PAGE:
30 September 2019
About 200 zombies, dressed in National Party regalia, carried the coffin of PW Botha through the streets of Cape Town on Monday.
The satirical march by housing activists was co-organised by Reclaim the City and world-famous guerilla activists The Yes Men.
“Like the National Party, Mayor Dan Plato and the Mayoral Committee refuse to grant security of tenure to hundreds of thousands of poor black people who have found a home in informal settlements on public and private land,” Reclaim the City said in a statement explaining the purpose of the protest. “Despite paying lip service to inclusion no new affordable public housing has been built in well-located former white suburbs for the Black and Coloured majority.”
The march proceeded from the Methodist Church on Greenmarket Square to the Civic Centre. There, PW Botha, played by Reclaim the City leader Bevil Lucas, emerged from the coffin. Besides Mayor Plato (a former National Party member), the protesters also aimed their chants at Mayco Member JP Smith.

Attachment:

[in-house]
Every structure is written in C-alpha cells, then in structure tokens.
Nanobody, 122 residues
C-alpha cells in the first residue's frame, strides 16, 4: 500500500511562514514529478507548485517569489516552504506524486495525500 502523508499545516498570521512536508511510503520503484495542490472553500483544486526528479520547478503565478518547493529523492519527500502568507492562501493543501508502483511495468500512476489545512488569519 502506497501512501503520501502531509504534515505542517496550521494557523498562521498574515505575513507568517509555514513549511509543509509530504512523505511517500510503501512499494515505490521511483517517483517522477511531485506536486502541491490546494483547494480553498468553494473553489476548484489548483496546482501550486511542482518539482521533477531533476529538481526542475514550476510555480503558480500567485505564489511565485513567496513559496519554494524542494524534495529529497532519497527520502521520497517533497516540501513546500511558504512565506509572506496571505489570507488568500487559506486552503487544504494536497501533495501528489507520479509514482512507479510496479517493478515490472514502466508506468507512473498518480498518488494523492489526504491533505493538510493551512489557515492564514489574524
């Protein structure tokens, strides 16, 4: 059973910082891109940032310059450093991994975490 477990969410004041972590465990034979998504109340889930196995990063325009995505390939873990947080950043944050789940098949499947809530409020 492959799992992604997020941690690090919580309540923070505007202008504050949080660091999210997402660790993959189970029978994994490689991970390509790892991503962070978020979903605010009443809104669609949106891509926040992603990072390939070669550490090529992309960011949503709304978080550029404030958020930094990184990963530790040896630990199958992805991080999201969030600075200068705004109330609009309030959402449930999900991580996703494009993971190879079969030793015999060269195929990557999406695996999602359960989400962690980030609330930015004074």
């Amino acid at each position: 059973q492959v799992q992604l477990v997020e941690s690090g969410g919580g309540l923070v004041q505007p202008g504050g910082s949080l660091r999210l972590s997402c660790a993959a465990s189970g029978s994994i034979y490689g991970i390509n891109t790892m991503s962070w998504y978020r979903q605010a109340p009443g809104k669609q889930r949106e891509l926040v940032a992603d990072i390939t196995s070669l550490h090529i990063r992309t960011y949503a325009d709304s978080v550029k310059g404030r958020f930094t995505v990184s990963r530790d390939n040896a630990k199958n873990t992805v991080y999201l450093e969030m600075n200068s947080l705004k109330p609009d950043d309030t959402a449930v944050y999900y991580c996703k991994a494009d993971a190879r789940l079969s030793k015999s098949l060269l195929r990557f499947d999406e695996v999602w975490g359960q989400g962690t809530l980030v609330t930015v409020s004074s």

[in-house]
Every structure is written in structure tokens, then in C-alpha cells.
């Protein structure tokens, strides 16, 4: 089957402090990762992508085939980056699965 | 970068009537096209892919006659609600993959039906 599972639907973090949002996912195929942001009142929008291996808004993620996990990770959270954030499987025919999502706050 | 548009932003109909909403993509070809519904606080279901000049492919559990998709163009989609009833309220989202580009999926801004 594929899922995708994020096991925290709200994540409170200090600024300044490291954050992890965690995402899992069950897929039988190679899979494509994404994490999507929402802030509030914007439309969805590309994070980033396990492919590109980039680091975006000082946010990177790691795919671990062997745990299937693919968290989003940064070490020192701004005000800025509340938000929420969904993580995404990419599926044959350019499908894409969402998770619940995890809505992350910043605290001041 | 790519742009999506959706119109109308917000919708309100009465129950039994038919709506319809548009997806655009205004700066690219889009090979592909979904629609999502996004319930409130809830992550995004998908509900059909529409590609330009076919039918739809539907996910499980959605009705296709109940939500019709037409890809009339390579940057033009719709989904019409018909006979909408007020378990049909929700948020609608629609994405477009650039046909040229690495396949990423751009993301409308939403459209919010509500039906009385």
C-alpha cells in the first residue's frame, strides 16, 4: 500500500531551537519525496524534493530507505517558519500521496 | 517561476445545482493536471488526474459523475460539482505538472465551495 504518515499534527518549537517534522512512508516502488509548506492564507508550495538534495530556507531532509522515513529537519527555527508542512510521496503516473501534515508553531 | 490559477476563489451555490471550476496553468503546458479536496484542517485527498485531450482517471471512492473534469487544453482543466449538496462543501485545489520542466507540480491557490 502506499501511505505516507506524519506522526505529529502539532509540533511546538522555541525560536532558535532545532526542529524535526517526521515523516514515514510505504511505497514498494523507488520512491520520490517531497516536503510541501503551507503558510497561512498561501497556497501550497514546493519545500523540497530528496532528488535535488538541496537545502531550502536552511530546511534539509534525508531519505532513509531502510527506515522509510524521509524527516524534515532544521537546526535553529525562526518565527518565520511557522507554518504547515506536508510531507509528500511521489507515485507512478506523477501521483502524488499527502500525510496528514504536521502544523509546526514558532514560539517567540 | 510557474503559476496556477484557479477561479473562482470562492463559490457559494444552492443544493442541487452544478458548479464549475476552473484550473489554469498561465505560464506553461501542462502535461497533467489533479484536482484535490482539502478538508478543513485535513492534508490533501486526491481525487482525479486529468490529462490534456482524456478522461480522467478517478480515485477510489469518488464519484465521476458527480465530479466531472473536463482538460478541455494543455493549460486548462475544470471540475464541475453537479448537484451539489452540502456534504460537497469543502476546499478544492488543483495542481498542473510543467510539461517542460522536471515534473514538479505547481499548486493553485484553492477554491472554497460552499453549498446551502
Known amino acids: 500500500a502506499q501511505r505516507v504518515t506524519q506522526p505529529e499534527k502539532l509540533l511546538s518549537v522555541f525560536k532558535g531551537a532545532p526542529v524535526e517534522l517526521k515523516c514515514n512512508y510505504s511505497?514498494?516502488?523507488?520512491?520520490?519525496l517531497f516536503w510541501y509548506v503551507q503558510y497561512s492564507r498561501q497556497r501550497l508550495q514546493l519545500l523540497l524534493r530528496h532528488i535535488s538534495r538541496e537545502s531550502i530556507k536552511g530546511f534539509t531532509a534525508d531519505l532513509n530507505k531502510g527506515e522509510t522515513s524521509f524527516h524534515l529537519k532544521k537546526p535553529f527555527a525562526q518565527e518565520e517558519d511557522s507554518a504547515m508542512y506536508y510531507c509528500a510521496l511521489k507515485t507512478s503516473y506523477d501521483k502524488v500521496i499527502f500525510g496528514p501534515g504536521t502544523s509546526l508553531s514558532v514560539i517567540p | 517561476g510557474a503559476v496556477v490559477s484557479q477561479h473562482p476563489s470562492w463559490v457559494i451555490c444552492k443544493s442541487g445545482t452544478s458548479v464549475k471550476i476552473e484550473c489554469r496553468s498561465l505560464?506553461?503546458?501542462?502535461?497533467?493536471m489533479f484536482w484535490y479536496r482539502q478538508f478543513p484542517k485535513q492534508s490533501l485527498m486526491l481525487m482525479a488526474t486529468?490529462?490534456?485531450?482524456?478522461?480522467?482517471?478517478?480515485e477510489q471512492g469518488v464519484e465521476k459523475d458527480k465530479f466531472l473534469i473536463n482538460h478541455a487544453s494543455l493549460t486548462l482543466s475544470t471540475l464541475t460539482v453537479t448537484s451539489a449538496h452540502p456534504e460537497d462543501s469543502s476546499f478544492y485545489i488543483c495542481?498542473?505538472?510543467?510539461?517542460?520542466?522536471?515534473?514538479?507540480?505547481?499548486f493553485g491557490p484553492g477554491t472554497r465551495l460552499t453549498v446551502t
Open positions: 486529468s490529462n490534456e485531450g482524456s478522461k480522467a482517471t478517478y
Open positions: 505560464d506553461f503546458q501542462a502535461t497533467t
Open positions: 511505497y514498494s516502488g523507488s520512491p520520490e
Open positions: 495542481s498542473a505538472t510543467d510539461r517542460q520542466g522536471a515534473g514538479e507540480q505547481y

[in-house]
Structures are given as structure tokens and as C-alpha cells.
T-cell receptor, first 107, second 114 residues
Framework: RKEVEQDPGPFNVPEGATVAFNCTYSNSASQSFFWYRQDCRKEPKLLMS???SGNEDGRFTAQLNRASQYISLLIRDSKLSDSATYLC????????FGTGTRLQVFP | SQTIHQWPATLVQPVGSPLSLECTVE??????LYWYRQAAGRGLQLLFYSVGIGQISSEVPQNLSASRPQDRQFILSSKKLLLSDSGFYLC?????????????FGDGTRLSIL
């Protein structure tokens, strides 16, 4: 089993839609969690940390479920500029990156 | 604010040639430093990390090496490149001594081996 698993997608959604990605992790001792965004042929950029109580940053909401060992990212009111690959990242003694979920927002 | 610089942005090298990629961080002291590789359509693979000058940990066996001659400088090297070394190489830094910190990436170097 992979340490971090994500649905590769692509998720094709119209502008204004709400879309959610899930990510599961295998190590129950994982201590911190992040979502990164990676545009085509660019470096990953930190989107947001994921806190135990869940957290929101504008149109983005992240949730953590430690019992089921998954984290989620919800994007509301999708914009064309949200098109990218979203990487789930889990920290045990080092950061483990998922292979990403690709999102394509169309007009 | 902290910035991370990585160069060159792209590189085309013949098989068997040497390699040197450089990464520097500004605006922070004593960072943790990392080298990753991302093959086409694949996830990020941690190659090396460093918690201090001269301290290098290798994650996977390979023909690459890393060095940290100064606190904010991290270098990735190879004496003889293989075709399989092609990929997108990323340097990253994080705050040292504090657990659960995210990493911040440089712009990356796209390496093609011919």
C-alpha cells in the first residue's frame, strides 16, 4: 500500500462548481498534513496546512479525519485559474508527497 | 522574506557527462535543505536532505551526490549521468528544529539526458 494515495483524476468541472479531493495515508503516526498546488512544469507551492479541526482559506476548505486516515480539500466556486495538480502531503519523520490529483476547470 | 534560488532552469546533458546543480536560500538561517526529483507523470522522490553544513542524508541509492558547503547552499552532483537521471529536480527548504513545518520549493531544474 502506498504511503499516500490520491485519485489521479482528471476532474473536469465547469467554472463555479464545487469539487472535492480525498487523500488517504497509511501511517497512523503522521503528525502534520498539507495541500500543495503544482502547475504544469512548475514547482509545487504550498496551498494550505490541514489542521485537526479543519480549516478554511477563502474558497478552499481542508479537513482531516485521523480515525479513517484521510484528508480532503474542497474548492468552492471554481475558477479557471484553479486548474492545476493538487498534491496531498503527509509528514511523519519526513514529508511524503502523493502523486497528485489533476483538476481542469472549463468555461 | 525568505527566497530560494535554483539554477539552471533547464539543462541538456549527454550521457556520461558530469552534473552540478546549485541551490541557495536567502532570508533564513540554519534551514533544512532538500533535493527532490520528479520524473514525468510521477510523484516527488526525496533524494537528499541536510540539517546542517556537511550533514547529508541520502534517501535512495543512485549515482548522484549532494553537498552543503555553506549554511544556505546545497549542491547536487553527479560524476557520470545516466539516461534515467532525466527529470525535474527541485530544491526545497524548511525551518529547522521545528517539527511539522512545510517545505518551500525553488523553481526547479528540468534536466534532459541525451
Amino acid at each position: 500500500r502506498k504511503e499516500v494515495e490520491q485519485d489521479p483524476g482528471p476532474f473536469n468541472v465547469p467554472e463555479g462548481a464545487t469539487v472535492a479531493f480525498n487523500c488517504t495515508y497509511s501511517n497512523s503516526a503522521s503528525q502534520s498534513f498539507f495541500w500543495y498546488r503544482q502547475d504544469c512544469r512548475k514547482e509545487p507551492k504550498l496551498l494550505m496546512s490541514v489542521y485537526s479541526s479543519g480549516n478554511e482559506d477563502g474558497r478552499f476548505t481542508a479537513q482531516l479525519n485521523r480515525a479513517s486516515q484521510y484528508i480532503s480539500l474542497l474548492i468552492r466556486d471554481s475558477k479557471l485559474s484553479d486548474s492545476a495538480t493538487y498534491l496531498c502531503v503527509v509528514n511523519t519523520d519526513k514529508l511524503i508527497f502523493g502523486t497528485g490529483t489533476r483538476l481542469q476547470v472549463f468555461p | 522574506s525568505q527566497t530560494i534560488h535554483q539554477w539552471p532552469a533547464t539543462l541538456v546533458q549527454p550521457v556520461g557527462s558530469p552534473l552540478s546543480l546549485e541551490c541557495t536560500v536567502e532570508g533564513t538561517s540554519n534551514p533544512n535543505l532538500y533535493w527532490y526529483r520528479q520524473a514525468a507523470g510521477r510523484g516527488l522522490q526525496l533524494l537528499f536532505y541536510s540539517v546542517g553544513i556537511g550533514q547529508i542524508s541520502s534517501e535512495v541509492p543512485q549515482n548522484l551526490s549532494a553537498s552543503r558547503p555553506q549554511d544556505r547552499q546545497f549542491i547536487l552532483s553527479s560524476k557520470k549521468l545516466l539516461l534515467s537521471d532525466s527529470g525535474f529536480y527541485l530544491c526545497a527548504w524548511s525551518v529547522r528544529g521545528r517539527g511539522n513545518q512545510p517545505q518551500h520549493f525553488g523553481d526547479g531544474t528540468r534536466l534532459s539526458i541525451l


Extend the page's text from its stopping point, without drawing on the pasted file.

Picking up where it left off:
Tensions between Plato and Reclaim the City have escalated recently following the eviction of 80-year-old Kenneth Blaine from a City-owned property. Plato, without mentioning Reclaim the City by name, accused the group of “propaganda and misinformation” following the eviction. The mayor wrote on Facebook: “I am calling on activist groups, civil society groups, and lobby groups to please not misrepresent information to the media and to the people they claim to serve. You will only erode the trust in your organisations if you do this.”
Shooby Hajie has been staying in Reclaim the City’s occupation of Woodstock Hospital for two years. He said: “I think we did a good demonstration here today. I think the City of Cape Town got the message why we are here. Because I saw that they have been looking at us through their windows.”
Andy Bichlbaum (also known as Jacques Servin) of The Yes Men, who led many of the chants for the protesters, said the march was about about changing public opinion and rallying affected people to take action. The Yes Men is known for some daring political pranks (known as “cultural jamming”). For example, one of the group’s members pretended to be a representative of Dow Chemical on BBC in which he took responsibility for the Bhopal catastrophe. The company’s stock dropped dramatically as people were taken in by the hoax. (See the video on YouTube.)